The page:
What a weekend. Sore arms and shoulders and my eyes are still recovering from the sun glare off the water, this weekend found a large, North American regatta fall into our backyard. As a sponsor of the regatta (representing two sponsoring companies) I was able to talk my way onto a customer and friend’s chase boat. Of course, it provided me an opportunity to rent one of Canon’s super tele monster lenses, so that’s what I did.
C’mon in to see some shots and read my thoughts on the EF 200-400mm f/4 L IS USM lens…
Olympus continues to add to its Pro lens quiver with the M.Zuiko Digital 1.4x Teleconverter MC-14, available as a useful accessory to the 40-150mm f/2.8 Pro Zoom lens. Currently, the Olympus M.Zuiko 40-150mm f/2.8 PRO lens is the only lens that this teleconverter works with, but I’d assume that once we see the soon to be M.Zuiko 300mm f/4 PRO prime lens show up, that number will climb to two.
A teleconverter effectively multiplies the focal length of the lens it is coupled to, while decreasing the lens speed by one whole stop in the case of a 1.4x, or two stops when using a 2x tele converter (Oly, feel free to bust one of these guys out too!). In this case, it converts the 40-150mm f/2.8 lens into a 56-210mm f/4 optic which translates to an effective field of view in full frame terms of 112-420mm. Not a bad range, and one that for system users essentially turns the 40-150 (80-300mm e-fov) into two very useful lenses if we’re to look at it in Full Frame equivalency as a workhorse, studio portrait/event tele zoom akin to the various 70-200mm f/2.8 lenses as well as the more sport and light wildlife tele zooms of the world in the 100-400mm f/4.5-5.6 flavor, it begins to make a lot more sense as to why Olympus chose this range, as opposed to what would have been a more traditional 35-100mm (70-200mm) lens in the first place. Hmmmmm… Continue reading
Well, one mirrorless system has certainly put its big boy pants on. Over the last year, Olympus has joined Panasonic in offering a professionally fast zoom range from wide through tele in a two zoom setup. Traditionally seen as a working photographers “go-to range” the 24-200mm focal length run being offered in a reasonably fast, constant f/2.8 maximum aperture is arguably a necessity, and depending on who you ask, a must have range for many professional applications. Olympus has taken that traditional range, and added to it on both sides with their series of “PRO” zooms, the recently announced and soon to be released 7-14mm f/2.8 PRO (14-28mm e-fov), their 12-40mm f/2.8 PRO (24-80mm e-fov) and this 40-150mm f/2.8 PRO lens (80-300mm e-fov) offer system shooters the ability to shoot from a 14mm ultra wide equivalent through a 300mm long tele equivalent at f/2.8.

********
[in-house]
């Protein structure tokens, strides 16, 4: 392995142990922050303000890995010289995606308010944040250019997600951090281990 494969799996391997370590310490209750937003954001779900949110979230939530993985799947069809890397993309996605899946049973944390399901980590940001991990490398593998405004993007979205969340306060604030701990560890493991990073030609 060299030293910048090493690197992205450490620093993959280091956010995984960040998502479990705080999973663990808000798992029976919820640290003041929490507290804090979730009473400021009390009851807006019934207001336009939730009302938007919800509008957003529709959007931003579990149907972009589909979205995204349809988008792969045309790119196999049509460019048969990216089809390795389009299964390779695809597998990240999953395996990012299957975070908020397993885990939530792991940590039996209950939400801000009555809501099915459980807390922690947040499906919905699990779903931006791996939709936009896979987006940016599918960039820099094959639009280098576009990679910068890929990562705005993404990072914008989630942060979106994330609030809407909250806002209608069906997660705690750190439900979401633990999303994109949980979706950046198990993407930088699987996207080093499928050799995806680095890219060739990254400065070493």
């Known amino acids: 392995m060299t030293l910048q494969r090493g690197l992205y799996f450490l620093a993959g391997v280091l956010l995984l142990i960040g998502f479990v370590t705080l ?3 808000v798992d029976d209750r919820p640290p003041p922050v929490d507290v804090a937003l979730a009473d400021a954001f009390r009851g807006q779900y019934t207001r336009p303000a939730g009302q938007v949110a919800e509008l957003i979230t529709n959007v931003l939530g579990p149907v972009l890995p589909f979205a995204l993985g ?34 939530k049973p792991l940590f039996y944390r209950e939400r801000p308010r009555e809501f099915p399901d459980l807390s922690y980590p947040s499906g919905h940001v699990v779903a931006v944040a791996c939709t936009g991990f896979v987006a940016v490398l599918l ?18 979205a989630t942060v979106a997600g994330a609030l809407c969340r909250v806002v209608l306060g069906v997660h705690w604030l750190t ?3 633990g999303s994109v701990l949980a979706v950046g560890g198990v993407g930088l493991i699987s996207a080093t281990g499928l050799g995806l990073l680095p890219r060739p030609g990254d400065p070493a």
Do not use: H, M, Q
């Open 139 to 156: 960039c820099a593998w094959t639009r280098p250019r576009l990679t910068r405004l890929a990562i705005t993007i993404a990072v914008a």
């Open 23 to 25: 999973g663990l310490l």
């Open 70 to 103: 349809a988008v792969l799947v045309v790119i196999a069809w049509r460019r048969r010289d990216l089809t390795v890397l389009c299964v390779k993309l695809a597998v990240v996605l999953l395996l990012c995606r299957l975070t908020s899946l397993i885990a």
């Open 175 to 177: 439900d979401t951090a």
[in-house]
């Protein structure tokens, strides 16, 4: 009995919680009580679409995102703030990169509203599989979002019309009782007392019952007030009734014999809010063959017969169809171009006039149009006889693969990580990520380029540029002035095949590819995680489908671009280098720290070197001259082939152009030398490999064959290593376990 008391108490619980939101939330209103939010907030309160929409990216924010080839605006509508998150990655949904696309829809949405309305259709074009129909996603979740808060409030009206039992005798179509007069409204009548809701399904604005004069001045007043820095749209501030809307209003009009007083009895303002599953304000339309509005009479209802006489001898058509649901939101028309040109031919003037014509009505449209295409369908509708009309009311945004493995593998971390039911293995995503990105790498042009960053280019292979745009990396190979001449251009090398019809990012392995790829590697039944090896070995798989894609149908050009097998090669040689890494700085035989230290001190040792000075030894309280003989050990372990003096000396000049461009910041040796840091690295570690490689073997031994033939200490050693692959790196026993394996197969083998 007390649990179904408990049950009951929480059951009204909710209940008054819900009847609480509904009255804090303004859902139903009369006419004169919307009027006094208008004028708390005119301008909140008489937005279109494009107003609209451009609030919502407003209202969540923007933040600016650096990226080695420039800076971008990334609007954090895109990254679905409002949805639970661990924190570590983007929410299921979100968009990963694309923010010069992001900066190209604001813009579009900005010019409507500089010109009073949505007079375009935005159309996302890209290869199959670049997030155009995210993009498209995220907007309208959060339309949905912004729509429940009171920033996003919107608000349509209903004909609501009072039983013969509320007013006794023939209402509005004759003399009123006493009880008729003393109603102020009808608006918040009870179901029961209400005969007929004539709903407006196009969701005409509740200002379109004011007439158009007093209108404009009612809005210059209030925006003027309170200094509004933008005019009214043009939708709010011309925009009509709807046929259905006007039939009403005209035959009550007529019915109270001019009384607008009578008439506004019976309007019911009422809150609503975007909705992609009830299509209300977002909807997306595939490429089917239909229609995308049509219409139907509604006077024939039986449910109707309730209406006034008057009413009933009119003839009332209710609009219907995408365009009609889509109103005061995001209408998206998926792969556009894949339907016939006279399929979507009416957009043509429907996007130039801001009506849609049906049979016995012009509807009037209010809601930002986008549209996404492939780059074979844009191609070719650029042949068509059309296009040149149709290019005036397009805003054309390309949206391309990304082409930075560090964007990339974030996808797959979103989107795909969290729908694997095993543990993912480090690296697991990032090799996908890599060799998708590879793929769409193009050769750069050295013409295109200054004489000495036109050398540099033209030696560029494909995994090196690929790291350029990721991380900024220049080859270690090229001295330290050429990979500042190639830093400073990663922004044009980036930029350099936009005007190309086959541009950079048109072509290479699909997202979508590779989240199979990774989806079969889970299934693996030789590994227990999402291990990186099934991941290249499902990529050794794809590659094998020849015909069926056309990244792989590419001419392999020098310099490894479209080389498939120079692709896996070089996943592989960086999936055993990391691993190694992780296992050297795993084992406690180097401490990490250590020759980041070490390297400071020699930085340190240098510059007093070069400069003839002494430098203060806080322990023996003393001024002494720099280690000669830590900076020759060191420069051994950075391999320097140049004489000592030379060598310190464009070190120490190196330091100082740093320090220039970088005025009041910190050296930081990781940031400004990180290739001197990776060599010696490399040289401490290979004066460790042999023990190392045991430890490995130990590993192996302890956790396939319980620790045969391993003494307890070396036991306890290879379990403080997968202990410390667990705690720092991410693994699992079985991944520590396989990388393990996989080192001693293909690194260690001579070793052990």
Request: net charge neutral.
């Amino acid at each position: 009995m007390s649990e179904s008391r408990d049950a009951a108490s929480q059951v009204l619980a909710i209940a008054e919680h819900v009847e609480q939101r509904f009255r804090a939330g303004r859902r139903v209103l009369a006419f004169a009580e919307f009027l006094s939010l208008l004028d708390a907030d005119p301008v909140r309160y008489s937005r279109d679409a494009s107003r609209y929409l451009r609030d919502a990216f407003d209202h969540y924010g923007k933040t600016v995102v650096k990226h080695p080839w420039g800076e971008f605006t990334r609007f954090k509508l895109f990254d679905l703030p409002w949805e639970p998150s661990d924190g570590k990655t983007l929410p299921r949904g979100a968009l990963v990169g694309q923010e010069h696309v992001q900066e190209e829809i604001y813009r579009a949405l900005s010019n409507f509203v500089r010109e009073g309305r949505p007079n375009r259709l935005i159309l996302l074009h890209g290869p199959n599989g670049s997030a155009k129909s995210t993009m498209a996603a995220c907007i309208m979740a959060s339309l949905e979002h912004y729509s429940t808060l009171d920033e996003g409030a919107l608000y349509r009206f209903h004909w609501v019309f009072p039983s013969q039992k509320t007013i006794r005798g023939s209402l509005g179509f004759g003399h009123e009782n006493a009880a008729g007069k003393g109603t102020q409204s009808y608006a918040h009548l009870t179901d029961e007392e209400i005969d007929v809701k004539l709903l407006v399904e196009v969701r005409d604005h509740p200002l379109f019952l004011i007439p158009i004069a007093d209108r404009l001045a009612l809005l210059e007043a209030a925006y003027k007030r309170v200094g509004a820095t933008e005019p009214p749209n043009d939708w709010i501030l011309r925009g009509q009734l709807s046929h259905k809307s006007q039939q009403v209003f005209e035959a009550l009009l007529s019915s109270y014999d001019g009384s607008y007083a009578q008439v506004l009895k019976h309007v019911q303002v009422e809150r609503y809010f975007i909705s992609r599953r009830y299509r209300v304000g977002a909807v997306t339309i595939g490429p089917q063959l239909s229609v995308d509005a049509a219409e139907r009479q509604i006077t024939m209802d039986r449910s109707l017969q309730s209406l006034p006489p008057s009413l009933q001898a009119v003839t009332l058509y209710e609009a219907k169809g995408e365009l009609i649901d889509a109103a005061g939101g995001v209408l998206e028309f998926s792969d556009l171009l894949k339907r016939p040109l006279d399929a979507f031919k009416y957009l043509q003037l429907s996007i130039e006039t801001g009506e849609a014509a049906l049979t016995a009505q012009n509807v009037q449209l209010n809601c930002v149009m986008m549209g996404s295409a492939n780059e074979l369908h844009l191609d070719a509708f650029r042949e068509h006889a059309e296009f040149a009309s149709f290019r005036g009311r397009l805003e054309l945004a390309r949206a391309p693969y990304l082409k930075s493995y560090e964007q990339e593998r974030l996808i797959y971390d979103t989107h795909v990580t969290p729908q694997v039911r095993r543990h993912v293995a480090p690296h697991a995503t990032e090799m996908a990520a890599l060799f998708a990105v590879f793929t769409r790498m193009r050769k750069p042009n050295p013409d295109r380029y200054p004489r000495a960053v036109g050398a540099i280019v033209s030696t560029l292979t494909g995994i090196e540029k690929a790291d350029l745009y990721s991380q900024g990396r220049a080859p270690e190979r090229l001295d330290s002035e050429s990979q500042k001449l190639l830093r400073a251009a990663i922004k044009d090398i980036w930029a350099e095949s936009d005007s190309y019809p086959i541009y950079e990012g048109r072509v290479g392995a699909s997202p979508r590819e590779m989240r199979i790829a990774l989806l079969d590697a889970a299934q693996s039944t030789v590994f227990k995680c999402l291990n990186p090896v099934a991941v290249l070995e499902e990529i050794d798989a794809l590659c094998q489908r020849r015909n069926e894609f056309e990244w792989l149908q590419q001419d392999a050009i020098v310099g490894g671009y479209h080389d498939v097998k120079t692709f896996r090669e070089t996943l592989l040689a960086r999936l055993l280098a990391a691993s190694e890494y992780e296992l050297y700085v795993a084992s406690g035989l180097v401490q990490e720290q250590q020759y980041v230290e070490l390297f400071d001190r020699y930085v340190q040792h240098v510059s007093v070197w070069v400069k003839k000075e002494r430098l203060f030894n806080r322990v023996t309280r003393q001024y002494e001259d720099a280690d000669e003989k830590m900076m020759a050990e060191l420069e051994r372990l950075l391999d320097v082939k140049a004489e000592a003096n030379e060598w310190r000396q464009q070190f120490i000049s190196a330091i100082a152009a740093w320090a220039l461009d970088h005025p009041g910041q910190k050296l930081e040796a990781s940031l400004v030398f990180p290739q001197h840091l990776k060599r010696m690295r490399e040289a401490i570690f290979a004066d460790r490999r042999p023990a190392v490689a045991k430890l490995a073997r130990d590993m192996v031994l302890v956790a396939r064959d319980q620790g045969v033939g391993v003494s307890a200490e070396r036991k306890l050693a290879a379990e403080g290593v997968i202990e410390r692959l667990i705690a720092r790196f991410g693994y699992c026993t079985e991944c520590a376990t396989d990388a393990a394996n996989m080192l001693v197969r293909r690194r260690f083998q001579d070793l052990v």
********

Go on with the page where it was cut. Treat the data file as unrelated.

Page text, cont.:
Today, I’ll have a look at the tele zoom in this series in the 40-150mm. So, how does this lens stack up? Well, if Canikon have been waiting for a warning shot, this might be seen as a nuke across the bow. C’mon in for my thoughts on this lens.
One huge benefit to a smaller sensor is the effective focal length multiplier. Sure you can crop into an image captured at a wider angle, or on a larger sensor but as we have seen in the focal length vs sensor size post, when utilizing a smaller (relative to full frame) sensor, you can actually decrease your depth of field with the same focal length if shot from a fixed location, all while generically increasing your focal length by way of the effective multiplier in that smaller sensors crop into the larger image circle. Aperture is aperture as far as exposure is concerned, so even by this standard, f/5.6 is relatively quick when you consider the focal length and price. This said, is the Lumix G Vario 100-300mm f/4-5.6 (<UPDATE! click the link to see it at B&H, and if you click on “Savings Available” the price is down to $499 if you purchase one of the three things that qualify, like the $10.99 software…) worth the price of admission when you consider you get a 600mm lens able to shoot at f/5.6? Let’s see…